How to study for anemias

[Infographic] How to Study: Anemias

Being a student is hard work. But, learning about Anemias with Picmonic can make studying a little more, dare we say, light-hearted.

There are three ways to classify anemias including microcytic, normocytic, and macrocytic anemias. From the infographic below, you can learn how to categorize each anemia as well as their associated causes. With the color coded pathways, you can quickly identify that an iron deficiency or lead poisoning would be potential causes of microcytic anemia. Whereas, alcoholism, liver disease, or reticulocytosis are common causes of non-megaloblastic macrocytic anemia.

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Anemias Infographic

Some topics you will learn in this infographic:

Microcytic anemia: defined as an anemic state with a red blood cell MCV < 80 fL and is caused by a decrease in hemoglobin synthesis. Hemoglobin is composed of both heme, which contains iron and protoporphyrin, and globin chains, so anything that affects the synthesis of these precursors can cause a microcytic anemia. The most commonly tested causes of microcytic anemia include late-stage iron deficiency, anemia of chronic disease, thalassemias, lead poisoning, and sideroblastic anemia.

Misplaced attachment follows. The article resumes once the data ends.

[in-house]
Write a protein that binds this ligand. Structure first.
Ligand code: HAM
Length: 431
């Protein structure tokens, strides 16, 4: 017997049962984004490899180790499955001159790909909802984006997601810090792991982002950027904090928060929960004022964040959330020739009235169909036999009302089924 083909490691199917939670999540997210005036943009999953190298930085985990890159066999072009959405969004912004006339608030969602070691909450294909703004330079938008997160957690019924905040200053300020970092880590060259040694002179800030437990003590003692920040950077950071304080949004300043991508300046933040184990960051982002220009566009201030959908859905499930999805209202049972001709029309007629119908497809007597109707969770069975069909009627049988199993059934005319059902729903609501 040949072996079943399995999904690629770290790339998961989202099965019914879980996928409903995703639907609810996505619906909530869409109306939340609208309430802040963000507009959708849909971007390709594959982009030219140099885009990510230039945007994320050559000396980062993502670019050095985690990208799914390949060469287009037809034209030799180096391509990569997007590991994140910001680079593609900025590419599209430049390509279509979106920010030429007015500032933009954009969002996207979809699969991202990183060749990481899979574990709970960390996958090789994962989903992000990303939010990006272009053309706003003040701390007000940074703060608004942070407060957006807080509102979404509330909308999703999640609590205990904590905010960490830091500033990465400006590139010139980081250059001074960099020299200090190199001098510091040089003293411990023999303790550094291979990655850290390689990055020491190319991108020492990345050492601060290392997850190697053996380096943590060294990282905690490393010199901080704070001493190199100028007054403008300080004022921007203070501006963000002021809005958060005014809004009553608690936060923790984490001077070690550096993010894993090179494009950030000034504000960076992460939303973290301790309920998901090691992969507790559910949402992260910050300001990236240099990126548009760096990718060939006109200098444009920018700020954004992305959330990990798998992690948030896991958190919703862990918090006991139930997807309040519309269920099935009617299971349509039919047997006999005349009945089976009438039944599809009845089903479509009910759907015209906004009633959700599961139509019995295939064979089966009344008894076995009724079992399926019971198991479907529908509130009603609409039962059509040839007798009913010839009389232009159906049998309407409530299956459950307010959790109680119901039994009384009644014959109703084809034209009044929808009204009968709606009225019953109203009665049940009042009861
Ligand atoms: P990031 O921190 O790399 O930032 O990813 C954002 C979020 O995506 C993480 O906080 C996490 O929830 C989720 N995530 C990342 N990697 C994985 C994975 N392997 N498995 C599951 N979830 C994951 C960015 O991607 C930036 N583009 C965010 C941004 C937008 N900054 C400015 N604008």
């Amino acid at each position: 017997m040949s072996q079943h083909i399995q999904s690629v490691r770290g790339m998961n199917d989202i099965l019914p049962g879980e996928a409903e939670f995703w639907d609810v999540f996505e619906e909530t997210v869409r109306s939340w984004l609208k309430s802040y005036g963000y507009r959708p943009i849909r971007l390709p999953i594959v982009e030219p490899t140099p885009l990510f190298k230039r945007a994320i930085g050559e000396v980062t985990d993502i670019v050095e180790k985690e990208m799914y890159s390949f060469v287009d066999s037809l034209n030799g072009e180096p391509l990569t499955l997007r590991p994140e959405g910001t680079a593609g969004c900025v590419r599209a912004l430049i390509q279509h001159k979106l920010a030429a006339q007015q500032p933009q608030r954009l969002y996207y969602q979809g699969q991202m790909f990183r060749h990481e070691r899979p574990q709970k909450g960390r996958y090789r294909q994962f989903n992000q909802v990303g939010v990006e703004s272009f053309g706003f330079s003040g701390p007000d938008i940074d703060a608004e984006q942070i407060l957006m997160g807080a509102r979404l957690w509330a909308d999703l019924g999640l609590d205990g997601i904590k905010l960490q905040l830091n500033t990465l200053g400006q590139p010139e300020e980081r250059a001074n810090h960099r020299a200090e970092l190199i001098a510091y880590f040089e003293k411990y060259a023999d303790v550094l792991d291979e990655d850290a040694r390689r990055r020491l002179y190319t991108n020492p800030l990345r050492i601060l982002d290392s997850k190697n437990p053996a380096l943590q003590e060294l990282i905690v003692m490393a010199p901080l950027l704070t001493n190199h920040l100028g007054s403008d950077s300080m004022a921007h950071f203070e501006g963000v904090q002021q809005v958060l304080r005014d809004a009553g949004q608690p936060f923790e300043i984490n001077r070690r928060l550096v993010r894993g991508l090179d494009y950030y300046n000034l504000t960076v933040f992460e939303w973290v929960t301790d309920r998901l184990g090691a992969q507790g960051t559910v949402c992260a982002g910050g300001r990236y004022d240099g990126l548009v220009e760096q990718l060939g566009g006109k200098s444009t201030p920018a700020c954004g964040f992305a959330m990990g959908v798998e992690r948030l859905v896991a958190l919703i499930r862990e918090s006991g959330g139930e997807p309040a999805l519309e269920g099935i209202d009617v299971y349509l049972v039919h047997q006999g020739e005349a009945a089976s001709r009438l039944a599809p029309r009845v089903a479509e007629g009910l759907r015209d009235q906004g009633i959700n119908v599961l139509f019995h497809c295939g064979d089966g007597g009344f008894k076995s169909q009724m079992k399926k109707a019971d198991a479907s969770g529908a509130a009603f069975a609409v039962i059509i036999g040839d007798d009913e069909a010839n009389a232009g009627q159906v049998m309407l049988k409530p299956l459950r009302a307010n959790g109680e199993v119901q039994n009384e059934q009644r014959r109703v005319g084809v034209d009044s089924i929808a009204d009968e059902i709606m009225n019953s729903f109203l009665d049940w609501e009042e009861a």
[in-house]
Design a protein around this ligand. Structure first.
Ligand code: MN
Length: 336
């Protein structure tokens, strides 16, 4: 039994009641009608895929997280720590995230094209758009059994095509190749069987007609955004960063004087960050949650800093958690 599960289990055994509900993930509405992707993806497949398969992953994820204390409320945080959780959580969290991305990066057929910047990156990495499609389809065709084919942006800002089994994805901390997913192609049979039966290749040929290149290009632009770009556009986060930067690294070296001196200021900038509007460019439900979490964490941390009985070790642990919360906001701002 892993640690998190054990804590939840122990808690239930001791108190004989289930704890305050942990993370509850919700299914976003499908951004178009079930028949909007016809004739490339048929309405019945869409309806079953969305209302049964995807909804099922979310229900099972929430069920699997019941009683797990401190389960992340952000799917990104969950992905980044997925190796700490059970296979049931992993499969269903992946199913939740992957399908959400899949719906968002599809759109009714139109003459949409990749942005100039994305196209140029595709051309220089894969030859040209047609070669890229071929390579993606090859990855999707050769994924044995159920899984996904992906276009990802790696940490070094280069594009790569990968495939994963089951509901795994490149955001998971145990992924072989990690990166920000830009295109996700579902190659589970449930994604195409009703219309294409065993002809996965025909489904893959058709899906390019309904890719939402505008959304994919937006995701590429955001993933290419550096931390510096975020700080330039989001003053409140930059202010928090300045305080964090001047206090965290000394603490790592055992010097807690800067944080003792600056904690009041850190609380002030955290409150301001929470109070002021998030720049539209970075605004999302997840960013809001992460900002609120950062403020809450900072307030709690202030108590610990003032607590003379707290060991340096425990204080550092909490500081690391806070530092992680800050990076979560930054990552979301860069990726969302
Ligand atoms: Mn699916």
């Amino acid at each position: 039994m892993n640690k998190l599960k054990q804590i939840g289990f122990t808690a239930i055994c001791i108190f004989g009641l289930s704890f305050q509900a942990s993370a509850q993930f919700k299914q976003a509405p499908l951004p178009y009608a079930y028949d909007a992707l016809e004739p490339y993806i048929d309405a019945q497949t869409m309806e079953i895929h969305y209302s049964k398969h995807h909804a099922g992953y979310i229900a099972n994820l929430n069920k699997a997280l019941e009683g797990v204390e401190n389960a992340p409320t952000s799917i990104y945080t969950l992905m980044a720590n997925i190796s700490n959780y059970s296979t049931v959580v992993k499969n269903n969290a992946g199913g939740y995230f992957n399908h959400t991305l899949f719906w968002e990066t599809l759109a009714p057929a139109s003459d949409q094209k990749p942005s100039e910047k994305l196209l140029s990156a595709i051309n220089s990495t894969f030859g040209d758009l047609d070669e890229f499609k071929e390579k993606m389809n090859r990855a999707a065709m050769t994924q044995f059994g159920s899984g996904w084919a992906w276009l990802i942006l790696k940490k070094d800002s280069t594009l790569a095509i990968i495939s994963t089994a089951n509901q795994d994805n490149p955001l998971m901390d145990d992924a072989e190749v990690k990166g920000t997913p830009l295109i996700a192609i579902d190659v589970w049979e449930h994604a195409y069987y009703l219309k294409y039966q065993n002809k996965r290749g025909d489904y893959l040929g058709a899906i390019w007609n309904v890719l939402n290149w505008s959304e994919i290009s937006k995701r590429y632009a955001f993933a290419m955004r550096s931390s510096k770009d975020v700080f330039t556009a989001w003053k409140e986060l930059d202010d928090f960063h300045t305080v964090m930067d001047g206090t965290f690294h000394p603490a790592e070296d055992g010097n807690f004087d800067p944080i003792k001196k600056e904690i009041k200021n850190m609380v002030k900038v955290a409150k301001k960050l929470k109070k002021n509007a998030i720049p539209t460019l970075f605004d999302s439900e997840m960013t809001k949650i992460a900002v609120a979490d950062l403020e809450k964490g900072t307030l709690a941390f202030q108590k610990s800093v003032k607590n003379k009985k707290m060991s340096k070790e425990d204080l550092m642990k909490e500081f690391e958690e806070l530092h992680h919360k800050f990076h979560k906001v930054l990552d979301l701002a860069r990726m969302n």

Normocytic hemolytic anemia: refers to an anemic state in which the average RBC volume is maintained with an MCV between 80-100 fL and hemolysis of red blood cells occurs intravascularly (occurring within blood vessels) or extravascularly (occurring in the liver or spleen, where macrophages consume abnormal RBCs or those tagged by antibodies).

Macrocytic anemia: defined by an anemic state in which mean corpuscular volume (MCV) is greater than 100 fL. Macrocytic anemias are classified as megaloblastic or non-megaloblastic. Megaloblastic etiologies for macrocytic anemia include folate and B12 deficiency, and orotic aciduria. Non-megaloblastic etiologies for macrocytic anemia include liver disease, alcoholism, and reticulocytosis.

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